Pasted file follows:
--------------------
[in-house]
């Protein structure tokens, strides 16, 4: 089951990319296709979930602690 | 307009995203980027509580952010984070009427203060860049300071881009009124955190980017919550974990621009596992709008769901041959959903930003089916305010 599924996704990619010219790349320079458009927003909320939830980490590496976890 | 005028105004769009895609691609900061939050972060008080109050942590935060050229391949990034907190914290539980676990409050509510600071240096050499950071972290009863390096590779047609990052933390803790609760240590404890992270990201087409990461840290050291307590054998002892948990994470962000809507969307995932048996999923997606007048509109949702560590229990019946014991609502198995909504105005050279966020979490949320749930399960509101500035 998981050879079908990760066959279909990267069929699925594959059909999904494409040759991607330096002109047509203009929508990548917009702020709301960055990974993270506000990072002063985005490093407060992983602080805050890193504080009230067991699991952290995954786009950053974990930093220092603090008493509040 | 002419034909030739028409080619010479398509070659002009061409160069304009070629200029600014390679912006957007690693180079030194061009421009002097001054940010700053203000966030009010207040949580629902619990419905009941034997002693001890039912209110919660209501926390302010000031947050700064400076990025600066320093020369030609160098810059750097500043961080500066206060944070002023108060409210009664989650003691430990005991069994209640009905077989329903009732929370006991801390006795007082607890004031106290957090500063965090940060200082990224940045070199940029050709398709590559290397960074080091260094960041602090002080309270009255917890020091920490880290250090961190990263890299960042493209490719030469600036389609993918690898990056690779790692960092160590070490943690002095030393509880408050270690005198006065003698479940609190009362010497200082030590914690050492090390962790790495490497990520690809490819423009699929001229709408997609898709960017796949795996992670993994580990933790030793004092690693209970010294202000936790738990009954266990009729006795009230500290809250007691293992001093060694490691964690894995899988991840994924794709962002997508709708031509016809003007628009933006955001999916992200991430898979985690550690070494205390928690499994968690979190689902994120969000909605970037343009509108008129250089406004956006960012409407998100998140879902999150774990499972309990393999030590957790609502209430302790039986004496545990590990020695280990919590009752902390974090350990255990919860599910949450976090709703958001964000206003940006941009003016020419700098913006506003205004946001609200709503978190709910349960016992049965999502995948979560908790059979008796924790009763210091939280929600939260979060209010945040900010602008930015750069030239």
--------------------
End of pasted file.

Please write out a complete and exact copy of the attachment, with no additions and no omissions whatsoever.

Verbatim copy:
[in-house]
């Protein structure tokens, strides 16, 4: 089951990319296709979930602690 | 307009995203980027509580952010984070009427203060860049300071881009009124955190980017919550974990621009596992709008769901041959959903930003089916305010 599924996704990619010219790349320079458009927003909320939830980490590496976890 | 005028105004769009895609691609900061939050972060008080109050942590935060050229391949990034907190914290539980676990409050509510600071240096050499950071972290009863390096590779047609990052933390803790609760240590404890992270990201087409990461840290050291307590054998002892948990994470962000809507969307995932048996999923997606007048509109949702560590229990019946014991609502198995909504105005050279966020979490949320749930399960509101500035 998981050879079908990760066959279909990267069929699925594959059909999904494409040759991607330096002109047509203009929508990548917009702020709301960055990974993270506000990072002063985005490093407060992983602080805050890193504080009230067991699991952290995954786009950053974990930093220092603090008493509040 | 002419034909030739028409080619010479398509070659002009061409160069304009070629200029600014390679912006957007690693180079030194061009421009002097001054940010700053203000966030009010207040949580629902619990419905009941034997002693001890039912209110919660209501926390302010000031947050700064400076990025600066320093020369030609160098810059750097500043961080500066206060944070002023108060409210009664989650003691430990005991069994209640009905077989329903009732929370006991801390006795007082607890004031106290957090500063965090940060200082990224940045070199940029050709398709590559290397960074080091260094960041602090002080309270009255917890020091920490880290250090961190990263890299960042493209490719030469600036389609993918690898990056690779790692960092160590070490943690002095030393509880408050270690005198006065003698479940609190009362010497200082030590914690050492090390962790790495490497990520690809490819423009699929001229709408997609898709960017796949795996992670993994580990933790030793004092690693209970010294202000936790738990009954266990009729006795009230500290809250007691293992001093060694490691964690894995899988991840994924794709962002997508709708031509016809003007628009933006955001999916992200991430898979985690550690070494205390928690499994968690979190689902994120969000909605970037343009509108008129250089406004956006960012409407998100998140879902999150774990499972309990393999030590957790609502209430302790039986004496545990590990020695280990919590009752902390974090350990255990919860599910949450976090709703958001964000206003940006941009003016020419700098913006506003205004946001609200709503978190709910349960016992049965999502995948979560908790059979008796924790009763210091939280929600939260979060209010945040900010602008930015750069030239």